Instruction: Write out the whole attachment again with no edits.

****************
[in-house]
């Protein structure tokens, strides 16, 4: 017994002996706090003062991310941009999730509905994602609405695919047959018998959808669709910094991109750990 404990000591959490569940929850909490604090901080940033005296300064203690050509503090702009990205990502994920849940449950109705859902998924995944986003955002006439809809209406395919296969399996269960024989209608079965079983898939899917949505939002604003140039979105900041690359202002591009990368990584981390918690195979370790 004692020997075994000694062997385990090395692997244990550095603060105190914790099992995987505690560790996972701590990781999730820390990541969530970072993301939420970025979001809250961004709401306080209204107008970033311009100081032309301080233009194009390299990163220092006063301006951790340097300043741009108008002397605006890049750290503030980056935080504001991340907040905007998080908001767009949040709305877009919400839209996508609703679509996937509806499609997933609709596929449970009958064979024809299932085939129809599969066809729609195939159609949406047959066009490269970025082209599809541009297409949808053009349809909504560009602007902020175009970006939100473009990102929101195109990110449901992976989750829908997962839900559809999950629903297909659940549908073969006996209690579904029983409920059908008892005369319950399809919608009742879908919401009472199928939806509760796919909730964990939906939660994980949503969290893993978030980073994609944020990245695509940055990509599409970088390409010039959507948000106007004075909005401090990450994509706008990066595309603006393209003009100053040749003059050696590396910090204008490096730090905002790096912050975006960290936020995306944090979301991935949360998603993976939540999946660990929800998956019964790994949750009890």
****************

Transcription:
[in-house]
């Protein structure tokens, strides 16, 4: 017994002996706090003062991310941009999730509905994602609405695919047959018998959808669709910094991109750990 404990000591959490569940929850909490604090901080940033005296300064203690050509503090702009990205990502994920849940449950109705859902998924995944986003955002006439809809209406395919296969399996269960024989209608079965079983898939899917949505939002604003140039979105900041690359202002591009990368990584981390918690195979370790 004692020997075994000694062997385990090395692997244990550095603060105190914790099992995987505690560790996972701590990781999730820390990541969530970072993301939420970025979001809250961004709401306080209204107008970033311009100081032309301080233009194009390299990163220092006063301006951790340097300043741009108008002397605006890049750290503030980056935080504001991340907040905007998080908001767009949040709305877009919400839209996508609703679509996937509806499609997933609709596929449970009958064979024809299932085939129809599969066809729609195939159609949406047959066009490269970025082209599809541009297409949808053009349809909504560009602007902020175009970006939100473009990102929101195109990110449901992976989750829908997962839900559809999950629903297909659940549908073969006996209690579904029983409920059908008892005369319950399809919608009742879908919401009472199928939806509760796919909730964990939906939660994980949503969290893993978030980073994609944020990245695509940055990509599409970088390409010039959507948000106007004075909005401090990450994509706008990066595309603006393209003009100053040749003059050696590396910090204008490096730090905002790096912050975006960290936020995306944090979301991935949360998603993976939540999946660990929800998956019964790994949750009890």